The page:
human genome (part 2)
Short read alignment
Sequencer
Human source
Reads from new sequencing machines are short: 25-50 bp
Short read alignment
Sequencing machine
And you get
MANY of them
Short read alignment
Need to map them
back to human
reference
Bowtie
• Ultrafast short read alignment software
– designed for 25-63bp reads
• Same sensitivity as Maq, but 35 times faster
• Shares formats with Maq
– compatible with Maq’s SNP caller
• Open source:
– http://cbcb.umd.edu/software
– http://bowtie-bio.sourceforge.net
Bowtie overview
• For each read, finds a ‘good’ hit to the
reference, allowing for mismatches
– Prefers mismatches at lower-quality bases
– Can behave like Maq or SOAP
– Calls SNPs using Maq interface
• Uses Burrows-Wheeler index of the reference
genome
– Pre-built genomes available
– Can download or build your own
Why Burrows-Wheeler?
• BWT very compact:
– Approximately ½ byte per base
– As large as the original text, plus a few “extras”
– Can fit onto a standard computer with 2GB of
memory
• Linear-time search algorithm
– proportional to length of query for exact matches
Burrows-Wheeler Transform (BWT)
BWT
acaacg$
$acaacg
aacg$ac
acaacg$
acg$aca
caacg$a
cg$acaa
g$acaac
gc$aaac
Burrows-Wheeler Matrix (BWM)
Burrows-Wheeler Matrix
$acaacg
aacg$ac
acaacg$
acg$aca
caacg$a
cg$acaa
g$acaac
Burrows-Wheeler Matrix
$acaacg
aacg$ac
acaacg$
acg$aca
caacg$a
cg$acaa
g$acaac
See the suffix array?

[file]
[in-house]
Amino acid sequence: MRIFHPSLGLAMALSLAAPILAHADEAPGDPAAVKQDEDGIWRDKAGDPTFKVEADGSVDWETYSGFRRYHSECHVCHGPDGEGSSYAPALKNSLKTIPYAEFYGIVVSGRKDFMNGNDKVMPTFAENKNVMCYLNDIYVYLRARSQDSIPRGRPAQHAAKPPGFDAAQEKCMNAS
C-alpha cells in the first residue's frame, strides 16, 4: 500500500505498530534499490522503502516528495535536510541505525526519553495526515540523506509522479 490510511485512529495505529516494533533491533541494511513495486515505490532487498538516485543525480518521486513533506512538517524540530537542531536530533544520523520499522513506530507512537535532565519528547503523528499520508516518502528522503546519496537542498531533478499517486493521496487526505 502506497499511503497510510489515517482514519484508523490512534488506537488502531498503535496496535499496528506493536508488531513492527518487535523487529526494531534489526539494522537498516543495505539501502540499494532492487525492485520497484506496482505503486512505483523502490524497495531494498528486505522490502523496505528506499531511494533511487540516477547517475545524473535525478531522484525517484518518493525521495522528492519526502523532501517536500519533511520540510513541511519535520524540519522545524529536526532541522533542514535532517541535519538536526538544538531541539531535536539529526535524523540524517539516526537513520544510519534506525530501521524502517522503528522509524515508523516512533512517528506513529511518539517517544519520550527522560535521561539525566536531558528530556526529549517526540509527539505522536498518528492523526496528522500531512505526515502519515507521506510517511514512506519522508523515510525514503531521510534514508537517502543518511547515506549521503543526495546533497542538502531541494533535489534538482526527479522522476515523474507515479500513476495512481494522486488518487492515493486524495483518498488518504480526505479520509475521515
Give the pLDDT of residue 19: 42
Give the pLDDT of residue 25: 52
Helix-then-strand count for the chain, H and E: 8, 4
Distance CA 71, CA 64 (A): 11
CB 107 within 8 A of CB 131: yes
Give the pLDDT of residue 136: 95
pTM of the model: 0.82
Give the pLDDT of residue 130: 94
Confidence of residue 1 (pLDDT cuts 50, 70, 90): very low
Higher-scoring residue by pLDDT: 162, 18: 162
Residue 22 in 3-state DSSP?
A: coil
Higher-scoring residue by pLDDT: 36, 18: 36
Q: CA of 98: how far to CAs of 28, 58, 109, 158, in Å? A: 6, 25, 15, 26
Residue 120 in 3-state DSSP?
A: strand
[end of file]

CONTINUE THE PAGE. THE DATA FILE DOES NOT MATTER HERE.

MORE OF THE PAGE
Handling mismatches
Matching
acctagattcagaggtcaccataggcacatgcag
Don’t backtrack to positions in this region
of the read
Handling mismatches
Matching
acctagattcagaggtcaccataggcacatgcag
Allow mismatches in this part of the read
Don’t backtrack to positions in this region
of the read
Handling mismatches
acctagattcagaggtcaccataggcacatgcag
Flip the read and index
around
Allow mismatches in this part of the read
Don’t backtrack to positions in this region
of the read
gacgtacacggataccactggagacttagatcca
Handling mismatches
acctagattcagaggtcaccataggcacatgcag
Allow mismatches in this part of the read
Don’t backtrack to positions in this region
of the read
gacgtacacggataccactggagacttagatcca
Matching
Handling mismatches
• Bowtie uses a more complex scheme to allow
for more than 1 mismatch
–Divides the read into a 28bp “seed” region, which is
assumed to be of high-quality
–Divides that into two parts, similar to the 1-mismatch
scheme
–Allows backtracking in each part in separate phases
to avoid excessive backtracking
Bowtie speed
Alignment of 8.84 million Solexa reads from the 1000 Genomes pilot
268 x
54 x
Millions of reads per CPU hour
Bowtie memory requirements
(less is better)
Alignment of 8.84 million Solexa reads from the 1000 Genomes pilot
Peak memory usage (megabytes)
Bowtie Sensitivity
Percent reads aligned
Maq
74.7
SOAP
71.6
Bowtie
75.1
>90% of reads are aligned by all 3 programs
Alignment of 8.84 million Solexa reads from the 1000 Genomes pilot
Bowtie index construction
Maximum allowed memory (GB)
Building index for NCBI human reference, build 36, on a 2.4 GHz Opteron with 32GB RAM
Bowtie index construction
• Can build index for a mammalian genome on a
desktop workstation in < 1 day
• Pre-built indices at CBCB:
H. sapiens
2.1 GB
M. musculus
1.8 GB
D. melanogaster
118 MB
S. cerevisiae
12 MB
others…
39
Acknowledgements
Assembly with short reads
Dan Sommer, Daniela Puiu, Vincent Lee
Short-read alignment (Bowtie)
Ben Langmead, Cole Trapnell, Mihai Pop
Funding
NIH R01-LM06845, R01-GM083873
Download
Related flashcards
RNA

23 Cards

Create flashcards